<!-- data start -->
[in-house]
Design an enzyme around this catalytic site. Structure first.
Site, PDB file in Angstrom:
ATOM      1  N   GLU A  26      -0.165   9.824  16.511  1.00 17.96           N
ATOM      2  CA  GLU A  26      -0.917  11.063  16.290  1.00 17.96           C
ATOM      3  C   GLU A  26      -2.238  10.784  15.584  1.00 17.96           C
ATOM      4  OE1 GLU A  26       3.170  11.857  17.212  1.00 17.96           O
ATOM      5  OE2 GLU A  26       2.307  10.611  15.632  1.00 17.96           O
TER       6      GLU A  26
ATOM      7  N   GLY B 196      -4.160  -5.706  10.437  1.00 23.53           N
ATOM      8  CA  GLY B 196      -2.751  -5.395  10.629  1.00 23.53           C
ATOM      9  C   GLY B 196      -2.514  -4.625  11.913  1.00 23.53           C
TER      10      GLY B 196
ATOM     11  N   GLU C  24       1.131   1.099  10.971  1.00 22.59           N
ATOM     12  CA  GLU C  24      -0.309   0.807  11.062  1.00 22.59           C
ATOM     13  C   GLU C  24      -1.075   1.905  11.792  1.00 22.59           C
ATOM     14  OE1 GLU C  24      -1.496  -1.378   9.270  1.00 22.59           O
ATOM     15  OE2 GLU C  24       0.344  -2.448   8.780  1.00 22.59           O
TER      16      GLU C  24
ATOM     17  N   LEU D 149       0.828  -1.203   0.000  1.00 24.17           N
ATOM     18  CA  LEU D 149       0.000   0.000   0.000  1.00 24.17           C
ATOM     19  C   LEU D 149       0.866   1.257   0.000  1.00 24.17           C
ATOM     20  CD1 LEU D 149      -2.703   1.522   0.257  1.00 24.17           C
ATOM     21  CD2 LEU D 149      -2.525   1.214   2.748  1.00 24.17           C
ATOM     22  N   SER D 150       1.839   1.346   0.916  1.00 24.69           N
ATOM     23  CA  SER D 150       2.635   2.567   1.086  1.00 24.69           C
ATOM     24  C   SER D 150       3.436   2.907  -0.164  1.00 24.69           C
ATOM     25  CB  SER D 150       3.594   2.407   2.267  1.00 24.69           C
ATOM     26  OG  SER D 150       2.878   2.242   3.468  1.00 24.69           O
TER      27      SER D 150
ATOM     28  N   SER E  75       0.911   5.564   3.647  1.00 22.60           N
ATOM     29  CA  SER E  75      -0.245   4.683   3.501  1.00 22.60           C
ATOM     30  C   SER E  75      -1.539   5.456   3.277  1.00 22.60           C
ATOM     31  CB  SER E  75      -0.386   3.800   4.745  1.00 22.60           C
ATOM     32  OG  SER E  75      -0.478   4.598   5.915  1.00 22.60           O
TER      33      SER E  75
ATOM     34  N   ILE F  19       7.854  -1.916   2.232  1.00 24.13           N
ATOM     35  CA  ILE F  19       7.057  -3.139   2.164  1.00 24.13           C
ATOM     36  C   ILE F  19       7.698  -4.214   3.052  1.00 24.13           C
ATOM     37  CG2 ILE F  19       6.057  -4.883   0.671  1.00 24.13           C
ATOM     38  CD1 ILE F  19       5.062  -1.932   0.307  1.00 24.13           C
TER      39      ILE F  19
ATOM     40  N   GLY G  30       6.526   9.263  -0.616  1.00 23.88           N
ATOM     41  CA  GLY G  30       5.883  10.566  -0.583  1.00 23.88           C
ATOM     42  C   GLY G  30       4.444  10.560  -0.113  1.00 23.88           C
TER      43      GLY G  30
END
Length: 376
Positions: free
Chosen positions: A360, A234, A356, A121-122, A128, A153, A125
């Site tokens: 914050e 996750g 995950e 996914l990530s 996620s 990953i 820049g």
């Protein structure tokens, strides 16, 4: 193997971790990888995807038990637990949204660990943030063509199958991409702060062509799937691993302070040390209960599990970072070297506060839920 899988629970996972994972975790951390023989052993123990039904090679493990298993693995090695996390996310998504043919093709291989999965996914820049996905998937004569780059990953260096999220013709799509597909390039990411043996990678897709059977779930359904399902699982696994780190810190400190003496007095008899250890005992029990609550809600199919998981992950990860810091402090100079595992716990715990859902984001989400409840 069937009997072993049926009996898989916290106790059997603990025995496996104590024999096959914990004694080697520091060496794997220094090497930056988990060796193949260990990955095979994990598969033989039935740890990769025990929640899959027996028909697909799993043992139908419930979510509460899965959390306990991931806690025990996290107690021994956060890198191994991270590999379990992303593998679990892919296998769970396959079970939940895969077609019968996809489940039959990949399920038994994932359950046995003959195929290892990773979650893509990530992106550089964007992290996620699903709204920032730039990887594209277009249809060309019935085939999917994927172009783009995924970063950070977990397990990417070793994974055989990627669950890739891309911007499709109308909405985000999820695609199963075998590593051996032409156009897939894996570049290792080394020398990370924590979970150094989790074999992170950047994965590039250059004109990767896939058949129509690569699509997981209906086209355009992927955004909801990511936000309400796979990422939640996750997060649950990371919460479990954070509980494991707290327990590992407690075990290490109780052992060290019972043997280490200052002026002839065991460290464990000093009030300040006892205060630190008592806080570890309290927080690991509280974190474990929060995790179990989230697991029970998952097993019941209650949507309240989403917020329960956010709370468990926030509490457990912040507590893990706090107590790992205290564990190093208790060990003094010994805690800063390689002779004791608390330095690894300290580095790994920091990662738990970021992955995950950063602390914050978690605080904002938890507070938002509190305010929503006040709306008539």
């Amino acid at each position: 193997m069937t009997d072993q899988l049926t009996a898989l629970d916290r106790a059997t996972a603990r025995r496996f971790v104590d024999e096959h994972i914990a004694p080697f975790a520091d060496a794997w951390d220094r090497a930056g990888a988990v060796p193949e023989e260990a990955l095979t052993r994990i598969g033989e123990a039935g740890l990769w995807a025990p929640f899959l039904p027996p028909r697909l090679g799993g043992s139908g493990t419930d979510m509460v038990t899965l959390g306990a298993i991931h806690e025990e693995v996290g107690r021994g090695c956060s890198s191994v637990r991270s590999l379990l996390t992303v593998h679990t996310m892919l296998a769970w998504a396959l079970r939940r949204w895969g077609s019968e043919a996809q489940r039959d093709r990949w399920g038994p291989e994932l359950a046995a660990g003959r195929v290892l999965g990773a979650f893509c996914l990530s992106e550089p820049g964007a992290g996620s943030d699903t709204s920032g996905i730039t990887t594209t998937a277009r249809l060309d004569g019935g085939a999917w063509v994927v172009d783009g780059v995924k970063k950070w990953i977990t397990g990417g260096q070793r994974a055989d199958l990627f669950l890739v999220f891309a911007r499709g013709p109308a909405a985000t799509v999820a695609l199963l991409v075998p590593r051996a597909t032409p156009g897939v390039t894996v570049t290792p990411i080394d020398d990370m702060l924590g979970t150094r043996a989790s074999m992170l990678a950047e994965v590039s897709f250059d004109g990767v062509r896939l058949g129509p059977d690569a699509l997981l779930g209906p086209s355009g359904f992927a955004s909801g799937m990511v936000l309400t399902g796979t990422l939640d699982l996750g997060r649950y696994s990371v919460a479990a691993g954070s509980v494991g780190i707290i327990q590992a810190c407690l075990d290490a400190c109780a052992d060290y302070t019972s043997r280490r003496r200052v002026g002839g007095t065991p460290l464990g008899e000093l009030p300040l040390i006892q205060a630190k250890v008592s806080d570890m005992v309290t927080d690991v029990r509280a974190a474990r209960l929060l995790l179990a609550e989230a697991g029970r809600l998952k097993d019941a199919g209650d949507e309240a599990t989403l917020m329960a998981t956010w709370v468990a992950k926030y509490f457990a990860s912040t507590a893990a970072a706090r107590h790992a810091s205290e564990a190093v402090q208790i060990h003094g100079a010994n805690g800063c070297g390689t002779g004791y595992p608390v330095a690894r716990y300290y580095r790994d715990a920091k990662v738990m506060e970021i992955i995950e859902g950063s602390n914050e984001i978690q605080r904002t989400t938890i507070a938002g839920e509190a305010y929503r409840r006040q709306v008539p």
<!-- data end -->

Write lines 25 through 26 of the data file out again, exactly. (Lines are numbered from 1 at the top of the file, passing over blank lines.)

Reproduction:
ATOM     22  N   SER D 150       1.839   1.346   0.916  1.00 24.69           N
ATOM     23  CA  SER D 150       2.635   2.567   1.086  1.00 24.69           C